A Timeline can be useful for a number of things, from plotting your personal history to creating an overview of world events. If the application is flexible enough, you can even create sci-fi stories using a timeline, or plot workflow items. Timeline software should support export for presentation and use in other applications. Aeon Timeline does all this and more.
Scribble Code is the small software developer who came up with the idea to develop a timeline application that would synchronize with Scrivener, the authoring software for the Mac. This idea ultimately led to Aeon Timeline, a fierce competitor for other, similar applications.
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Price (approx.): €32.00
Aeon Timeline has the ability to work with calendars you create yourself (and those can be totally other-worldly) in addition to AD and BC calendars. It works with Events and Entities (the “objects” that live the Events), and Arcs. The Arcs are a bit special in that their meaning isn’t readily apparent. Arcs are more or less like categories. You can have a global arc, a career arc, a family arc, a health arc, etc, etc.
Arcs allow for simultaneous events that happen at the same time to be neatly represented nevertheless.
Except for the calendars, almost anything you do in Aeon Timeline is as easy as clicking or double-clicking and filling in the blanks. In some cases, context menus provide for the necessary functionality. For example, to connect an Event to an Entity you’ll right-click the connection point and fill in whether the Entity starts (is born), ends (dies), or is a Participant or Observer (or is not related; in which case you leave the thing blank).
If you know in advance which Entities and Arcs you’ll be using, you can set them up in batch, using the management dialogue. Events can then be added in chronological order. When a series of events stretches over a period of time that you cannot properly display on your screen anymore, you have two options: you can either sideways scroll through the calendar using the most clever calendar browsing gizmo I’ve ever seen, or you can ‘compress’ the calendar view using that same gizmo.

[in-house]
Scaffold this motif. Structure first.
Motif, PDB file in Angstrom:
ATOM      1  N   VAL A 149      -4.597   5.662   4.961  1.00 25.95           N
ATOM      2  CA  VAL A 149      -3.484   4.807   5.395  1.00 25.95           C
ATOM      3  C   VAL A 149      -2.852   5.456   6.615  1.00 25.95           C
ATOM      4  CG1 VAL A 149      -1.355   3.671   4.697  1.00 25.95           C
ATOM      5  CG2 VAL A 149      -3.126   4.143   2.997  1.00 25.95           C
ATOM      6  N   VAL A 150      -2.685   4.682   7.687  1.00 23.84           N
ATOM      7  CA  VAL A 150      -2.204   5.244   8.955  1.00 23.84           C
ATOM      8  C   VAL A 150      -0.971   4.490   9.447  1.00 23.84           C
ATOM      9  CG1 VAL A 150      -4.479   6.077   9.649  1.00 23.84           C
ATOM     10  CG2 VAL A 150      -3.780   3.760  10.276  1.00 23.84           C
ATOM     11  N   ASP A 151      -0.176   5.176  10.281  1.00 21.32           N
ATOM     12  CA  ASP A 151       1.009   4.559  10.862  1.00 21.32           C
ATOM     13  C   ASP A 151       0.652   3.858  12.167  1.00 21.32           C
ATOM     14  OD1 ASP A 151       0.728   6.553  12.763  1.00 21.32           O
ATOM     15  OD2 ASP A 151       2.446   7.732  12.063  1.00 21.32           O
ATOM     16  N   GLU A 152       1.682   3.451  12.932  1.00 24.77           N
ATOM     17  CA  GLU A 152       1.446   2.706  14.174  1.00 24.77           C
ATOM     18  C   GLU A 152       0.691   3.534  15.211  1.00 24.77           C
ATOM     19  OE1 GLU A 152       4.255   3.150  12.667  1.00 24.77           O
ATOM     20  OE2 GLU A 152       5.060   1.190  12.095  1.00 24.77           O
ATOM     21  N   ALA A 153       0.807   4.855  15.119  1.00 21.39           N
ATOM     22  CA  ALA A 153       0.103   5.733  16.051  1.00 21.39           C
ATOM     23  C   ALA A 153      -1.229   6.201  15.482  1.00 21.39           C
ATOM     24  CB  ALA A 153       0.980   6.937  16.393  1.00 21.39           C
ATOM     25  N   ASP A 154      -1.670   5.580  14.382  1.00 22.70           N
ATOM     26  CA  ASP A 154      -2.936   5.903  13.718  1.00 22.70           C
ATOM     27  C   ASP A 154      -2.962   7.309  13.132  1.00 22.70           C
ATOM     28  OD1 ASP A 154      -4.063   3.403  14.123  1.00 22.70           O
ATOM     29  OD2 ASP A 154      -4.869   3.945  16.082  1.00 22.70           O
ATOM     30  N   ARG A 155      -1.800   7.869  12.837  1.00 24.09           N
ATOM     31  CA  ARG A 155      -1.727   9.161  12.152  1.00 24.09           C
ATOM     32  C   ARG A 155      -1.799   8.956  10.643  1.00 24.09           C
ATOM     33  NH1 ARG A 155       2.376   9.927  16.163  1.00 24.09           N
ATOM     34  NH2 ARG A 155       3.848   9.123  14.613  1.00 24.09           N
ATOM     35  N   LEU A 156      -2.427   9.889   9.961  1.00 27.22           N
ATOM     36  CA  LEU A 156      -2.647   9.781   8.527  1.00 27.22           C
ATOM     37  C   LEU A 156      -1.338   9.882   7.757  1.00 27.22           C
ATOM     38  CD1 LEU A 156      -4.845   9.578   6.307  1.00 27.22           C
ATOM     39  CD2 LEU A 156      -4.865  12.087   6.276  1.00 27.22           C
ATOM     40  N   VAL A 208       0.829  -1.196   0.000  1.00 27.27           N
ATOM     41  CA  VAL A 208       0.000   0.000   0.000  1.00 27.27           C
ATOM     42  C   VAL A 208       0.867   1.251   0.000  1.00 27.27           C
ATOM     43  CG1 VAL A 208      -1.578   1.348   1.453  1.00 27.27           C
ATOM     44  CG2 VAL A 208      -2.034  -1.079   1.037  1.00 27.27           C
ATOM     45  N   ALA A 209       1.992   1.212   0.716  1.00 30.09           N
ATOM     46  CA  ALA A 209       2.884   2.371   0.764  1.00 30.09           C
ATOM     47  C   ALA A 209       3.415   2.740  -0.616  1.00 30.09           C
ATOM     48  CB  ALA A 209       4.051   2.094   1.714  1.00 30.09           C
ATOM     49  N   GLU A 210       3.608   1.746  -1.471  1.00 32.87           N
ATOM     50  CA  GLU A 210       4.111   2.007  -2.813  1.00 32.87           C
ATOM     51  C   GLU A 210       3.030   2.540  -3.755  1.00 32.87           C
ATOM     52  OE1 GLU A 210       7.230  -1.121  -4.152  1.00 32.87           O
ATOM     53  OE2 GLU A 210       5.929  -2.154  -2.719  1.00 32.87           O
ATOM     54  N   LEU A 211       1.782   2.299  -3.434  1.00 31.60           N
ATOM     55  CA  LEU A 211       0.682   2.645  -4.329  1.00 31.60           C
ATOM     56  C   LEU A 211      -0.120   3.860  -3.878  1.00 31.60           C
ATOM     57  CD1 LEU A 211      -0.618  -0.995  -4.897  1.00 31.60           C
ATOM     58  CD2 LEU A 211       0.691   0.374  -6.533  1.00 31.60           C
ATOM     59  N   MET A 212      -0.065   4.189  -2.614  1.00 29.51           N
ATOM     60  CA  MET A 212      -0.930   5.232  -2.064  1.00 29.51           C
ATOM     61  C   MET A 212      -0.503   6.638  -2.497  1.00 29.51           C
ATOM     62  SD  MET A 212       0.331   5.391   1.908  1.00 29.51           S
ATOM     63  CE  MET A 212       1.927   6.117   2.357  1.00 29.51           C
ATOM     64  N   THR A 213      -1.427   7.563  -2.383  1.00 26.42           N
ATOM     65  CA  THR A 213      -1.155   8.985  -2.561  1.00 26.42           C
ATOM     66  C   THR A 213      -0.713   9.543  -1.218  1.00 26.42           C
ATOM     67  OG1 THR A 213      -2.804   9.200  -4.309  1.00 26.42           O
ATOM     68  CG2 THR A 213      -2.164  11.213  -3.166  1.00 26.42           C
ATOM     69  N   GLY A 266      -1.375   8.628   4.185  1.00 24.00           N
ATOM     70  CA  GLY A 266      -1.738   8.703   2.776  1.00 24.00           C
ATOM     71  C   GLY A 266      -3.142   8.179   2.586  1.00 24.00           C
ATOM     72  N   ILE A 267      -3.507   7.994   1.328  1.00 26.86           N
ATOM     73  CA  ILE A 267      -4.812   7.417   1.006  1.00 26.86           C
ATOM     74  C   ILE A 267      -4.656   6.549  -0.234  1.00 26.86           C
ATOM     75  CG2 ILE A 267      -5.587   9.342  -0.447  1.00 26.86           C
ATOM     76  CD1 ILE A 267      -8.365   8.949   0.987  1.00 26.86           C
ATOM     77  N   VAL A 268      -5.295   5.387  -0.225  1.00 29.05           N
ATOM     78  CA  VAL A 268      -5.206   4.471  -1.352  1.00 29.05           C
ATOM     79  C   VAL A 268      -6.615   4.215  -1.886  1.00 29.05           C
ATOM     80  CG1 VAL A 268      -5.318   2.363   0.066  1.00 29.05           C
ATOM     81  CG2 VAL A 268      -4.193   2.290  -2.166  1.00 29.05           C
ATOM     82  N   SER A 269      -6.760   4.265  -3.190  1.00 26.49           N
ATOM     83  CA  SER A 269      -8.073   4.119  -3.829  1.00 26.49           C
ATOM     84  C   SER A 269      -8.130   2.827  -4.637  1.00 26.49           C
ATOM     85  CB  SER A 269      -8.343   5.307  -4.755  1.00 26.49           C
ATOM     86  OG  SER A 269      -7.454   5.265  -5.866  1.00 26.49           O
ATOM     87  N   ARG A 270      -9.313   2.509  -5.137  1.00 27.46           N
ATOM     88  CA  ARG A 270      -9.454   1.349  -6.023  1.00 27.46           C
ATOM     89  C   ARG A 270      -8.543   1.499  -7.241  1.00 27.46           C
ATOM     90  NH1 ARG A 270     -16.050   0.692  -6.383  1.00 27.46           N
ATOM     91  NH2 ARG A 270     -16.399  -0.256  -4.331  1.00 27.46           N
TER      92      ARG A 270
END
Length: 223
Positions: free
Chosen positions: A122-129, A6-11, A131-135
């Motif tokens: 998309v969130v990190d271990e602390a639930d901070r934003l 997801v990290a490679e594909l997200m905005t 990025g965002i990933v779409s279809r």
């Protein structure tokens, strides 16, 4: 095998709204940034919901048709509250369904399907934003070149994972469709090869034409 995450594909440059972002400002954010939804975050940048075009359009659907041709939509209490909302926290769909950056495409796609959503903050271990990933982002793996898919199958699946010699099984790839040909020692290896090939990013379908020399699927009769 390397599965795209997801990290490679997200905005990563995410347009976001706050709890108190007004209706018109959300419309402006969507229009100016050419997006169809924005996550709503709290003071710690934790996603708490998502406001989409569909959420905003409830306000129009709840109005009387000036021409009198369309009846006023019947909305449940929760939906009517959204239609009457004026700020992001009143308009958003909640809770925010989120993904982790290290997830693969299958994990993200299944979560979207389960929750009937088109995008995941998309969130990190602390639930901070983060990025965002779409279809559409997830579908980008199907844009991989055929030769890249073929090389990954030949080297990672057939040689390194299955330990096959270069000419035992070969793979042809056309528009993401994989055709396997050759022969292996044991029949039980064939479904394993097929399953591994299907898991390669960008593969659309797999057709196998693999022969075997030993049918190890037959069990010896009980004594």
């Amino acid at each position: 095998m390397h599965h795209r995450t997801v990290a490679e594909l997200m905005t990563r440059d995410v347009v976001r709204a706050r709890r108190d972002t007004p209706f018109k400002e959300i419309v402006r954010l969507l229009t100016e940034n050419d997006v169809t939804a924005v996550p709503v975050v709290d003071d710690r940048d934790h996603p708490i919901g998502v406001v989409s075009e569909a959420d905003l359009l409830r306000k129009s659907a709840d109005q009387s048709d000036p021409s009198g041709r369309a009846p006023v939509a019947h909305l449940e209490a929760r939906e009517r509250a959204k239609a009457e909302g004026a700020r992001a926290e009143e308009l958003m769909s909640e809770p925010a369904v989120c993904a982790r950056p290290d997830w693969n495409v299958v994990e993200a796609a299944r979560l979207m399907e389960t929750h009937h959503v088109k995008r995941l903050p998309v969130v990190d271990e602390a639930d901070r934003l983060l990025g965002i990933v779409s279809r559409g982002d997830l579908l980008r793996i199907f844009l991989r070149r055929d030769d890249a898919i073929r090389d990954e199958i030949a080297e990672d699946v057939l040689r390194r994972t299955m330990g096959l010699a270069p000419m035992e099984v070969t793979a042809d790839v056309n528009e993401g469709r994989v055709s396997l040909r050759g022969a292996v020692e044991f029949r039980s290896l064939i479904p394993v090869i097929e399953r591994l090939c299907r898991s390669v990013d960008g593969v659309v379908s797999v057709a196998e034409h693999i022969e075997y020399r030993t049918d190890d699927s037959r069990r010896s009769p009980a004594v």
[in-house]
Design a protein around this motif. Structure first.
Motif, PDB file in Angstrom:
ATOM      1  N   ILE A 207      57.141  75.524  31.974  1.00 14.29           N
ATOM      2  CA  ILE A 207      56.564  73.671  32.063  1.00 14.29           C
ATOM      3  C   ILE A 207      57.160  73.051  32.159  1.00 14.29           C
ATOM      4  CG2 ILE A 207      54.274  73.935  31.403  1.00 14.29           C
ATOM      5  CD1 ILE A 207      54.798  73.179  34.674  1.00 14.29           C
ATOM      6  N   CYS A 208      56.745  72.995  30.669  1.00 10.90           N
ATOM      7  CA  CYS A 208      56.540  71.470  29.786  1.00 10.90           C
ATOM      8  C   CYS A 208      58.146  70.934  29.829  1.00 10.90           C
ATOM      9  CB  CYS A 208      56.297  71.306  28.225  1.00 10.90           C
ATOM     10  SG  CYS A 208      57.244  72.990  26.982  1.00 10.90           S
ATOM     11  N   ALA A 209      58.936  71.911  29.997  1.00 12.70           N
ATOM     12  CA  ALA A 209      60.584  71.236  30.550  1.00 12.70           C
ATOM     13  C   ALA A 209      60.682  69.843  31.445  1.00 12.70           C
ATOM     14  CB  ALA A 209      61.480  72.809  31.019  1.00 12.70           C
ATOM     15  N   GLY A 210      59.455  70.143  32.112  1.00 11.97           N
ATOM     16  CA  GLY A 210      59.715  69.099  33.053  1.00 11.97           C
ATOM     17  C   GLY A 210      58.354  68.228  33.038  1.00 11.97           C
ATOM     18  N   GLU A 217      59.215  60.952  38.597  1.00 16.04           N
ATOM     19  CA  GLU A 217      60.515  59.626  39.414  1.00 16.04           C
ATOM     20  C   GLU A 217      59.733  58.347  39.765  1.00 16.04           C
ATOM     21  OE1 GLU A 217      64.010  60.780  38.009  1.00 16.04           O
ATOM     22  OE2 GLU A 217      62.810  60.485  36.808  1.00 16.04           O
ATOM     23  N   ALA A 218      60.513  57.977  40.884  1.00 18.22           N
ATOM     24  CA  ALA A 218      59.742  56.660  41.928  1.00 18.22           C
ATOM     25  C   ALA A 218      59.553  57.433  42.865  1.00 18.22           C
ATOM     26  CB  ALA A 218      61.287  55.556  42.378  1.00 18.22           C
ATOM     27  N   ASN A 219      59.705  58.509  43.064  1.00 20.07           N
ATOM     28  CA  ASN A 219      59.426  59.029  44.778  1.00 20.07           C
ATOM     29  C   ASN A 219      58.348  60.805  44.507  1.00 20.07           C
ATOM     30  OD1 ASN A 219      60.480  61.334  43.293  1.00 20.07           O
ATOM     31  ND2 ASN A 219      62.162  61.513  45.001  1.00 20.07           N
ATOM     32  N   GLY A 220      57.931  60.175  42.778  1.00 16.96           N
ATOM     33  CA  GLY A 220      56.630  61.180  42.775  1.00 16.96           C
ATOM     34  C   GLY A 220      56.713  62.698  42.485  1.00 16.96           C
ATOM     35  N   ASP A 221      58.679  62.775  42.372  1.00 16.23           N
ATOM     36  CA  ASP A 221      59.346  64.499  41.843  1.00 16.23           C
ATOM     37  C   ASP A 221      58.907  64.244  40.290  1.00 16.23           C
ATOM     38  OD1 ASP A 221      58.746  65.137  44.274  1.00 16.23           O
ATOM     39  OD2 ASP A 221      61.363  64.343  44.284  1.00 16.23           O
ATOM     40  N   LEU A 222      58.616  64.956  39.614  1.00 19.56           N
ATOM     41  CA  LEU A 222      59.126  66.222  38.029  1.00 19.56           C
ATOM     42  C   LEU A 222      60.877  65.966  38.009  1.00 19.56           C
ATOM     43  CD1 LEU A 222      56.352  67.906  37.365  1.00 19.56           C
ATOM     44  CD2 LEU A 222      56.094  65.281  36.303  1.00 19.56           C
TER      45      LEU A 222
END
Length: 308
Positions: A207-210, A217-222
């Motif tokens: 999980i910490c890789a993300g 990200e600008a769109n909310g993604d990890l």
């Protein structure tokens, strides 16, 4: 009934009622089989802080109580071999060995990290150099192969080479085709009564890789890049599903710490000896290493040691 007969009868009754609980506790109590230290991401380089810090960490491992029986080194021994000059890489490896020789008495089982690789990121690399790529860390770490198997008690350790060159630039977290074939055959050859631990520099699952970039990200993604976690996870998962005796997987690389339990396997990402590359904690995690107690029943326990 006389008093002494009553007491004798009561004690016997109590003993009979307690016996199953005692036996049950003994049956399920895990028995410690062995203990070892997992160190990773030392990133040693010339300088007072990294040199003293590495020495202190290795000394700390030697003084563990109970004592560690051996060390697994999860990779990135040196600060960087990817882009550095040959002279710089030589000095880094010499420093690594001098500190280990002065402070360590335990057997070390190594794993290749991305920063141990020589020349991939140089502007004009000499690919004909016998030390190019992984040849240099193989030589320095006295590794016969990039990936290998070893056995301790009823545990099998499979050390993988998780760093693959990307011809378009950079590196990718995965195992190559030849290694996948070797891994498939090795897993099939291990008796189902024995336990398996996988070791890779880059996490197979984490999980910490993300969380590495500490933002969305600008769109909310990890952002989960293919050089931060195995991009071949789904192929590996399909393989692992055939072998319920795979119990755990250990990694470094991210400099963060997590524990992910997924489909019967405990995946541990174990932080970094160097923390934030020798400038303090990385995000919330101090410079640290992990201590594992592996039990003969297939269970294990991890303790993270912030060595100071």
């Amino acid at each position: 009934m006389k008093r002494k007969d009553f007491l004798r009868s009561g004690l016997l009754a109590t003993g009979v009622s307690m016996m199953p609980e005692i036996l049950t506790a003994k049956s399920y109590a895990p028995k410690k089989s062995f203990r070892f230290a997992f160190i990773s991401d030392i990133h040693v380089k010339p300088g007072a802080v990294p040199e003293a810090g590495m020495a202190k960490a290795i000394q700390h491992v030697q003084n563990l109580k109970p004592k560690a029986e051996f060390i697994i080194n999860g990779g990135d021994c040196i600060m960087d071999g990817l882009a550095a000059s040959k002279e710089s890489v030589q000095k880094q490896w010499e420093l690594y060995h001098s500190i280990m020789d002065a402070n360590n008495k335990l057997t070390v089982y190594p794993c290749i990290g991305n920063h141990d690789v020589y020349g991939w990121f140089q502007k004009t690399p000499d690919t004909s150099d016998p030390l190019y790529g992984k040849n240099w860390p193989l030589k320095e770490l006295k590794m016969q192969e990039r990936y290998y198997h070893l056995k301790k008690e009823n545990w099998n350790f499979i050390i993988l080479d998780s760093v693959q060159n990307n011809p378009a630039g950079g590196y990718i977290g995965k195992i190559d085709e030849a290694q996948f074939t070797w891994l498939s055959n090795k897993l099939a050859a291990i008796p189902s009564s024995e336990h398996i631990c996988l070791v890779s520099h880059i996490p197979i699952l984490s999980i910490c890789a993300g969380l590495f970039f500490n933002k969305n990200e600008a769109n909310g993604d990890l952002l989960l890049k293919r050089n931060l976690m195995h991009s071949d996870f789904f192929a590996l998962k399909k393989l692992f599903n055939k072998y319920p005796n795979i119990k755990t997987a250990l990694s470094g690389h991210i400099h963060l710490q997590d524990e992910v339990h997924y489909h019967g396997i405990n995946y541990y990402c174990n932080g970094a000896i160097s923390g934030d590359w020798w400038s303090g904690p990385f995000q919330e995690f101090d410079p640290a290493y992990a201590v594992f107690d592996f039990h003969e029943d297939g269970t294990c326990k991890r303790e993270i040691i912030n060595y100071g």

All Events and Entities can have different colours. Entities have their own colour settings in the Management dialogue, while Events colours are part of the Timeline Settings dialogue. Each Event and Entity can be accessed via the Inspector; Events can have Tags and Notes attached to them, while Entities can only have Notes attached to them.
Events can be locked to prevent inadvertent changes. Setting up new calendars is done through a separate dialogue window, which allows you to set a calendar as realistic or fantastic as you can imagine.
The whole Aeon Timeline system, its interface and most obvious functionality is an example of perfect planning for functionality and then implementing those features with a keen eye for user experience and design. In fact, I find Aeon Timeline’s graphical presentation of a timeline making much more sense than its competitors’, all the while looking just as good. And Aeon Timeline gives me the flexibility to customize the colours of my timeline just the way I like them. The only thing that you can’t change are the Arcs.
But there’s more: Aeon Timeline has powerful export functionality and a clever synchronization feature that will appeal to writers. The export functionality is simply brilliant: BeeDoc, OPML (Scrivener compatible), HTML table, image, Scrivener 2.0, Simile Timeline, RTF. It’s all there. Import is possible from CSV text files.
But the most powerful import/export feature is the Scrivener 2 synchronization. This allows you to have an Event for every document inside your Scrivener project. If you’re writing a movie script, a novel, or some other project that contains documents, Aeon Timeline will import them and when they change in either application, both of them will stay in sync.
I tried this feature with a project I set up in Scrivener 2.0 for the occasion, and after saving the Scrivener project, it worked like a charm, with the two apps apparently capable of updating each other’s content through metadata fields. The only requirement to make it work properly is that you explicitly save your Scrivener projects when closing the app.
After spending a good two weeks with Aeon Timeline, I have fallen in love with the application. It’s far more useful than others that I’ve reviewed in the past, and it has a user experience that is unparalleled.
One final word of advice. I saw the developer is going to offer this app through the Apple Mac App Store. Beware of the Mac App Store: if you need updates fast, buy direct. Due to the way the MAS works — with reviews by Apple employees — the approval of updates can take a long time.